Open an economics textbook, and you’ll find this fundamental principle: When the money supply expands—that is, when the government prints more money—higher inflation is often the result. This topic has, for good reason, been on investors’ minds lately. Since the pandemic began, the Federal Reserve has increased the money supply by several trillion dollars. So is higher inflation now inevitable? I see five possible answers to this question:
1. Yes, of course. Between 2010 and 2020, inflation averaged just 1.7%. But the three most recent readings—in June, July and August—have all topped 5%. For that reason, it seems like an obvious conclusion that the Fed’s actions have led to a sharp uptick in inflation. It’s just as a textbook would have predicted.
2. No, because this time is different. I’ve heard more than one concerned investor compare the Fed’s actions today to those of Weimar-era Germany. During that period, the German government printed so much new money that it resulted in hyperinflation. How bad did it get? To cite one example, the price of bread rose from 163 marks in December 1922 to more than 200 billion marks just eleven months later.
Citing the Weimar example certainly paints a dramatic picture, but it’s not an accurate historical analog. Eric Hilt, an economic historian at Wellesley College, provides this explanation:
“The Fed’s actions over the last 18 months have very little to do with what happened in Germany in the 1920s. The distinction is subtle but important. After World War I Germany…printed currency (paper money) to pay the government’s bills. As the amount of paper currency in circulation expanded, the value of the currency decreased, which meant that larger amounts needed to be printed to produce the same revenue, and the situation spiraled out of control into hyperinflation. None of that has happened in the U.S. The Fed has acted to backstop markets in new ways and has expanded its balance sheet, but it has done so not by increasing paper currency in circulation (printing money), but by adding to the deposit accounts of financial institutions—their reserve accounts. This is different from money in circulation because it is not going to be spent quickly.”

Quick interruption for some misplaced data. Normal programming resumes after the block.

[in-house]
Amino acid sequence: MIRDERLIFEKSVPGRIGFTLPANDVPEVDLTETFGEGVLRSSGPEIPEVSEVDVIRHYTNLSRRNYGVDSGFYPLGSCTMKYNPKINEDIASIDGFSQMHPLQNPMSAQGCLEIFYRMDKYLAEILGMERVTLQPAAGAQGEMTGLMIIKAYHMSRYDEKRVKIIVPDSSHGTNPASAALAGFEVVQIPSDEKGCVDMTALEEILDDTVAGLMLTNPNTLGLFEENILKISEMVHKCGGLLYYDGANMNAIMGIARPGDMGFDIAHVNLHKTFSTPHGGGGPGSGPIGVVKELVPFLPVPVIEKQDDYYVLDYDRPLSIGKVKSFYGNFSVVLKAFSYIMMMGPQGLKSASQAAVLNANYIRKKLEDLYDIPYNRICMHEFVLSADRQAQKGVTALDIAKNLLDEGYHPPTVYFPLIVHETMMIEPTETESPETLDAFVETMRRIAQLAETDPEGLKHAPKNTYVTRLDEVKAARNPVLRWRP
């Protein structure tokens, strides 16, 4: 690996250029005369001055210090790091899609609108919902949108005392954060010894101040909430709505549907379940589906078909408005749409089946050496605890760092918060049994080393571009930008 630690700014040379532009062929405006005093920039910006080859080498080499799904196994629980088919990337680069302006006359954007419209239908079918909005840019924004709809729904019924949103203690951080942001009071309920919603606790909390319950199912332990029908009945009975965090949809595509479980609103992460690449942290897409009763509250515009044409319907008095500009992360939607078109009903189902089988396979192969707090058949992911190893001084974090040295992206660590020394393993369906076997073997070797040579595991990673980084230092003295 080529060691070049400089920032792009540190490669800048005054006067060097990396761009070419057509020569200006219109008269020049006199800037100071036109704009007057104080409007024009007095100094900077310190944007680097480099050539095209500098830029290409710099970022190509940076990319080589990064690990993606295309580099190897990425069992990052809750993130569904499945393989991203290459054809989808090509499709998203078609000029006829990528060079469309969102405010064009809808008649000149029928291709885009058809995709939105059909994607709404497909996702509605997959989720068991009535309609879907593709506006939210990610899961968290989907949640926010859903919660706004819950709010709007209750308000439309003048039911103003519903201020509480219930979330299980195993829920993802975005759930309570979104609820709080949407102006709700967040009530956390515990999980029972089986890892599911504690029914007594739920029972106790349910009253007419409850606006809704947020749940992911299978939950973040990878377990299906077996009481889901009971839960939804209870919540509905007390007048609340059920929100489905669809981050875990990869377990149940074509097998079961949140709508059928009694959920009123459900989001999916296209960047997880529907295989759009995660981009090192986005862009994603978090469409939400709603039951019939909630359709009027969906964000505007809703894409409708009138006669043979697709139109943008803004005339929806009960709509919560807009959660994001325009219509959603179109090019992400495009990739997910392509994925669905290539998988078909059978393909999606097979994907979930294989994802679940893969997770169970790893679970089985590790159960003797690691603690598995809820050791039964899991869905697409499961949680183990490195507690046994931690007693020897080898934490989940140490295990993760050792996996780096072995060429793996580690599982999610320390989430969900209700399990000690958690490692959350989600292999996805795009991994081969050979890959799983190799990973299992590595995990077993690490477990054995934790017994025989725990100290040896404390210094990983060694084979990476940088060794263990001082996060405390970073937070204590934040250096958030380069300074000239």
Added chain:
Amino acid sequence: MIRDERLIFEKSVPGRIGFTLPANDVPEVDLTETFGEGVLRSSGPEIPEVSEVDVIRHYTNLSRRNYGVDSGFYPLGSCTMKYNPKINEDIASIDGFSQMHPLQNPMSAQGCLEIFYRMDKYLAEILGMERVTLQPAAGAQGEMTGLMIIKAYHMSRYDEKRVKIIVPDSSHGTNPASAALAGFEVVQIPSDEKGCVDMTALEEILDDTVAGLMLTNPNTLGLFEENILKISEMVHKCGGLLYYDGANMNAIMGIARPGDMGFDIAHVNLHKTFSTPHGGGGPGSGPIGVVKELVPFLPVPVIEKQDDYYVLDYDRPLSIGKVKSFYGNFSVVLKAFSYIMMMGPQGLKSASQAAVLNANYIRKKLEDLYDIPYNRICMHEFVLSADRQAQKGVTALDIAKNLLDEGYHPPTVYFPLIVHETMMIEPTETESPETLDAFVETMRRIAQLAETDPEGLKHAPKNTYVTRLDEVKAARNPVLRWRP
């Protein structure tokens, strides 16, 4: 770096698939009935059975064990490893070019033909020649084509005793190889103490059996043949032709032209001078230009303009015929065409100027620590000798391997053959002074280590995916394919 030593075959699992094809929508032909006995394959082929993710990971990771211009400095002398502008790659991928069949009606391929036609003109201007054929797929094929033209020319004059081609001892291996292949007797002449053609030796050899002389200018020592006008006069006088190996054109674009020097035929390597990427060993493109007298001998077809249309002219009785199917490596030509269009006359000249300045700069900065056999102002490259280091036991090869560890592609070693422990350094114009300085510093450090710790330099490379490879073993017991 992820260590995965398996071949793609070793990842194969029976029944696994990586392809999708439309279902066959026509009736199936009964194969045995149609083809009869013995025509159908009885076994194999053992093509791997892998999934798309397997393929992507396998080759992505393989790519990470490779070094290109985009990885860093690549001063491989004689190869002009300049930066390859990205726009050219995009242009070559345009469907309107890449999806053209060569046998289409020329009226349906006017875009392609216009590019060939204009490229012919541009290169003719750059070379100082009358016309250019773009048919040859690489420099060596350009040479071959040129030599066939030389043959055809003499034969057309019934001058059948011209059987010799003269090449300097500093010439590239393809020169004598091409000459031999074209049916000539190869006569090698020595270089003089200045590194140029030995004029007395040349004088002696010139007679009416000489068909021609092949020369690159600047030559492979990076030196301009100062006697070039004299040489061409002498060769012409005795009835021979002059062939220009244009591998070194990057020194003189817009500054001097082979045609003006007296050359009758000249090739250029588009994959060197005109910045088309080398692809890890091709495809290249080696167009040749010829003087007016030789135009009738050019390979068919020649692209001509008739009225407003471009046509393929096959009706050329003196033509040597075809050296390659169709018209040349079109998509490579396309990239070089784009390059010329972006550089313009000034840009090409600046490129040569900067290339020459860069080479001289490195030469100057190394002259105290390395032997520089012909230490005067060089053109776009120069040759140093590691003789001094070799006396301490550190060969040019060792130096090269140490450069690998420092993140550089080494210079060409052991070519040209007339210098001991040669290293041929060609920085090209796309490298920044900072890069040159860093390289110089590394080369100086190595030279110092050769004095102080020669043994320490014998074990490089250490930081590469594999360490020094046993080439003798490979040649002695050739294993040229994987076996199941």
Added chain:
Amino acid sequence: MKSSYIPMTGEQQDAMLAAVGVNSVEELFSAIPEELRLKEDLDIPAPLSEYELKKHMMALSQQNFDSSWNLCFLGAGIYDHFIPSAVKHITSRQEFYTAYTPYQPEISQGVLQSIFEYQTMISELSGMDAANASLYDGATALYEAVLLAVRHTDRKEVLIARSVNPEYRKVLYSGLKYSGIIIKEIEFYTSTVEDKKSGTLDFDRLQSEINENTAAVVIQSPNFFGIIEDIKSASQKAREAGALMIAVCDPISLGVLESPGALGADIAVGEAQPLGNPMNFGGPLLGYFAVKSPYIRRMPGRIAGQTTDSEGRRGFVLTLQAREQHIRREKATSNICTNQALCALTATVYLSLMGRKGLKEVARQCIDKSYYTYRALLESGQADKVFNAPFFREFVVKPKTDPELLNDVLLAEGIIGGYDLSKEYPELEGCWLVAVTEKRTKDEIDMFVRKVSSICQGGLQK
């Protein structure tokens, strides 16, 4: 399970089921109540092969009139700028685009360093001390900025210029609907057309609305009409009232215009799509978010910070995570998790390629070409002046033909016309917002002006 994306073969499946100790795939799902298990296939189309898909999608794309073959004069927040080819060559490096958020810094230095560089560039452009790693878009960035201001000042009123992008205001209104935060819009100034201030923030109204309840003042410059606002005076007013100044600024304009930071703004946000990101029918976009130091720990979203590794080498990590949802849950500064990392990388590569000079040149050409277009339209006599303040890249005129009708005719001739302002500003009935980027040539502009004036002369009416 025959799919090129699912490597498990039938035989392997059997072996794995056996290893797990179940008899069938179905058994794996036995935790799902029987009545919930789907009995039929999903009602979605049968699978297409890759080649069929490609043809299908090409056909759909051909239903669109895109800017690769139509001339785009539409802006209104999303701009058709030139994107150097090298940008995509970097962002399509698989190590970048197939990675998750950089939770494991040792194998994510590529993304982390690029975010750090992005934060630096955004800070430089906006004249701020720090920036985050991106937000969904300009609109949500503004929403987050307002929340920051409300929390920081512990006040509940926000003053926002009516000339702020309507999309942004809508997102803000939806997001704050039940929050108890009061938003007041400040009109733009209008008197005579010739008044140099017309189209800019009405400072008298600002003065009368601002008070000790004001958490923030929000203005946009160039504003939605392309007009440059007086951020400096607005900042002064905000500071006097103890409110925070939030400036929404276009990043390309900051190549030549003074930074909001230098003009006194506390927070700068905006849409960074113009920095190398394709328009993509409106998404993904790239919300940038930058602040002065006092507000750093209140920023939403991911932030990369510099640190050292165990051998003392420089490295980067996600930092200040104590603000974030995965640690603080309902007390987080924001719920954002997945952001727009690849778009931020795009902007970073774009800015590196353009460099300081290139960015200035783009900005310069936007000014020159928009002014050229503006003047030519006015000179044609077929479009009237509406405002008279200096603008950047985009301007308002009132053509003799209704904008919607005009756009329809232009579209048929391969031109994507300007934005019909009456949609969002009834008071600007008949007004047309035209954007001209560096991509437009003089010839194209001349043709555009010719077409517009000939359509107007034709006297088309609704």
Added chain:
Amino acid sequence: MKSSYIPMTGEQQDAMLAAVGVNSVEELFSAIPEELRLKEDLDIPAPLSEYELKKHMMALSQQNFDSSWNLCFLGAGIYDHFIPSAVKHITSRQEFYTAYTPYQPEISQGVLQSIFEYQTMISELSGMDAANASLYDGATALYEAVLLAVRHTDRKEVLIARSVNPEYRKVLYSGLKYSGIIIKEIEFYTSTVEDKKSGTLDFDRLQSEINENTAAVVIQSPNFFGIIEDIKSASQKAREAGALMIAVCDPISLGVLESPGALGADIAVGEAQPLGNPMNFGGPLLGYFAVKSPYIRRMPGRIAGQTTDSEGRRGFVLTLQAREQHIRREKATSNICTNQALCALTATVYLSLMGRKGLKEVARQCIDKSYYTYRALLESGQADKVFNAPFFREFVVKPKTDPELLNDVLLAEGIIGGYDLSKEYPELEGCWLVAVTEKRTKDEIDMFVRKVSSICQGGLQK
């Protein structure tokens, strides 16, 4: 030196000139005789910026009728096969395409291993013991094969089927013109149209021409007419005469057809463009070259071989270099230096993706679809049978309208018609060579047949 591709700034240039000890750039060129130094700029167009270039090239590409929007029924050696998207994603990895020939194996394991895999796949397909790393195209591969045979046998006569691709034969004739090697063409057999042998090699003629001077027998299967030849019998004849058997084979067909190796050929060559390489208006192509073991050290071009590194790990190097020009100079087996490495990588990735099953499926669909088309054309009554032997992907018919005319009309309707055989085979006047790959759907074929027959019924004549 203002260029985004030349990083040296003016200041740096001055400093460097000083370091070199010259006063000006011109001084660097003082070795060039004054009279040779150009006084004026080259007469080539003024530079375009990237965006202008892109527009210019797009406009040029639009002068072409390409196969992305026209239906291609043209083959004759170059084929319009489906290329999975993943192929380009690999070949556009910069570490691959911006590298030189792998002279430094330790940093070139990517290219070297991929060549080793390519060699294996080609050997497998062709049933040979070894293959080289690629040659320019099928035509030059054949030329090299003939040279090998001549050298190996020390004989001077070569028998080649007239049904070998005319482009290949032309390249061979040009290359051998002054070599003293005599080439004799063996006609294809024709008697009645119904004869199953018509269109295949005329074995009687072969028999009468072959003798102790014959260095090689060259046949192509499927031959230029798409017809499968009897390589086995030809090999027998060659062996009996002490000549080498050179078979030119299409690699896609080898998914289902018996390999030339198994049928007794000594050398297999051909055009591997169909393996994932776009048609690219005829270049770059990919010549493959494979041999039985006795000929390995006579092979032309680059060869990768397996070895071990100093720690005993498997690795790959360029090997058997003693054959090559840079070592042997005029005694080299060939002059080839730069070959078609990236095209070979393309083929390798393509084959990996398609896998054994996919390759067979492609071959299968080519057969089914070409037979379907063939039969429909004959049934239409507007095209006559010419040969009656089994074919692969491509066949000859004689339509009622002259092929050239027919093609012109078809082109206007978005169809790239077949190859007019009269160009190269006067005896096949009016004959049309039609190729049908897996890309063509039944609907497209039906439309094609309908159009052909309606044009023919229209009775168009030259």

That last point is key: Yes, the Fed has printed an enormous amount of money, but it hasn’t all gone directly into consumers’ pockets, where it could be spent and thus contribute to driving up prices.
To be sure, some of the new money has found its way, indirectly, to consumers. That’s because the Fed helps to finance the U.S. government’s deficits. And during the pandemic, a large part of the deficit has resulted from programs like PPP loans that have bolstered consumers’ spending power. Still, Hilt makes an important distinction between the Fed’s actions today and the actions of the German government in the 1920s. Upon casual observation, they might seem similar. But they’re not the same—either in character or in magnitude.
3. No, though it’s natural to suspect fire when we see smoke. While the overall inflation rate has more than doubled in recent months, defenders of the Fed’s actions are quick to point out that there’s more than meets the eye. Foremost among these defenders: Fed chair Jerome Powell, who has argued that the recent inflation spike will be temporary.